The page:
Cartoons, video games ‘no good’ for children


Young people and children should not watch too much cartoons or play video and mobilephone games because it affects the development of the brain, says an Adventist youth leader.
Ronald Simon said at the last night of the SDA youth prayer week at the UPNG Church, that cartoons, video games and mobilephone games desensitise developing minds.
“Technology and media have an effect on developing mind,” he said. “It makes children lose their identity, their sensitivity and they may become disobedient and rude.”
Simon said desensitisation was the process that lessened emotional responsiveness to a negative stimulus after repeated exposure to it.
“The ages of three to 12 is when children’s mind are developing,” he said. “The ages of 13 to 19 is when youths find their identity, and that’s when peer influence is very strong.”
Referring to the recent shooting in Christchurch, New Zealand, Simon said the shooting scene was similar to a video game.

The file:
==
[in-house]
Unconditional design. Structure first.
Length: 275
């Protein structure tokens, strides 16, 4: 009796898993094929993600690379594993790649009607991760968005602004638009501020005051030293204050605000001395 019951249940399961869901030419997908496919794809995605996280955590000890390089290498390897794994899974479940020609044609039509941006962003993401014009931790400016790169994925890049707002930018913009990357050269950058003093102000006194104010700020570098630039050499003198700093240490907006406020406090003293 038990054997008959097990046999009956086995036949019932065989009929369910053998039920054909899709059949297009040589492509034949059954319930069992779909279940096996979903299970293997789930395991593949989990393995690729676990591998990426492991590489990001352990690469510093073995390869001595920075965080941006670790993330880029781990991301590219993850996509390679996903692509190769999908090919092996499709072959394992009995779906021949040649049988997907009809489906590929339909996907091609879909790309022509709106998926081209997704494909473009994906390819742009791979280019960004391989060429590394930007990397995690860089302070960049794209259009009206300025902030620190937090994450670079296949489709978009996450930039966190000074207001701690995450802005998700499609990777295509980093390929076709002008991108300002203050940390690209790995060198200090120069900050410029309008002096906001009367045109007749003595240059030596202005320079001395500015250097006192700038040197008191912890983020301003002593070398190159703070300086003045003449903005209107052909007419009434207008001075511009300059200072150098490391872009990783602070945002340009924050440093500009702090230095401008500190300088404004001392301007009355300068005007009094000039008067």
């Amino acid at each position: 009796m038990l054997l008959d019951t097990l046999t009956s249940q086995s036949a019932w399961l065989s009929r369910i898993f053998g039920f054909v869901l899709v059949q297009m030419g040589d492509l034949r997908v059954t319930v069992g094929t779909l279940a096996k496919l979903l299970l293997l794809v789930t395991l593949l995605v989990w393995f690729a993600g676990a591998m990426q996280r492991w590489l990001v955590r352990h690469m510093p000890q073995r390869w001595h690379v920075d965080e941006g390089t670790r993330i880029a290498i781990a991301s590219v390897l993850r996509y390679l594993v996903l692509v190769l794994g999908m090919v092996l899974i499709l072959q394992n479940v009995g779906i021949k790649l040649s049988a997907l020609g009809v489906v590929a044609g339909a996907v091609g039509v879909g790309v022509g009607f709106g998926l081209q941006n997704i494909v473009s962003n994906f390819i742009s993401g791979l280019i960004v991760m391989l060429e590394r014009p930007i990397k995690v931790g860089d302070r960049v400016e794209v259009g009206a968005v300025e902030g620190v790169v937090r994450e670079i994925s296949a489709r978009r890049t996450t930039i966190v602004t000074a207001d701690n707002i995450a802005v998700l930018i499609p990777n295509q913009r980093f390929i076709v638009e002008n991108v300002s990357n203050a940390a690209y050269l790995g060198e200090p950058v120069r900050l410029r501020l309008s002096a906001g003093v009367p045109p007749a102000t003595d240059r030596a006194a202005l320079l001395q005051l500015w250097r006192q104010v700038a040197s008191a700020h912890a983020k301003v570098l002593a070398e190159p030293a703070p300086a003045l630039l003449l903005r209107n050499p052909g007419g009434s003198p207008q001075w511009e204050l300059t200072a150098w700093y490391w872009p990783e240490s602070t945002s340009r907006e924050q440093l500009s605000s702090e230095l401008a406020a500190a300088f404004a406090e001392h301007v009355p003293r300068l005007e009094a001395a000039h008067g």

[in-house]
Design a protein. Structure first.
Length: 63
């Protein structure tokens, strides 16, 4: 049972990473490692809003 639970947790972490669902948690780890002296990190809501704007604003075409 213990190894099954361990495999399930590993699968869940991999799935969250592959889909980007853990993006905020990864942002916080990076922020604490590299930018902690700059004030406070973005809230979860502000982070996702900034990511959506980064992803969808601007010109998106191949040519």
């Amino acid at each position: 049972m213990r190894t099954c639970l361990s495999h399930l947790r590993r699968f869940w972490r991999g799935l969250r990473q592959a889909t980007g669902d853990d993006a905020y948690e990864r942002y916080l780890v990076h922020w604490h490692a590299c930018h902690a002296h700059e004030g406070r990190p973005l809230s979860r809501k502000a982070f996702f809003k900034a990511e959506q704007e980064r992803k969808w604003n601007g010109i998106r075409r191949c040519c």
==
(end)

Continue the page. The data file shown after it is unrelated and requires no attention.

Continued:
He said suspect Brenton Tarrant happened to be someone who played a lot of video games. “When the mother of the accused was interviewed, she was shocked and said, ‘Brenton was a good boy. He never chased after girls or played sports. He stayed in his room and played video games’,” Simon said.
He said that was the kind of effect animated movies and video and phone games had on children and youths.
“Parents must monitor your children closely,” Simon said. “Don’t let your children have to much contact with technology. Divert their attention to other things like books, chores or take them out to parks.
“Whatever things parents teach children at home, they are either preparing them for heaven or hell. Home upbringing is important.”
Simon urged parents to help their children to guide them through godly principles for them to become good citizens in the country.
The prayer week was a global event that followed the theme of “Aspects of the local church”, where all SDA youths around the world gathered in their own church to pray for a week.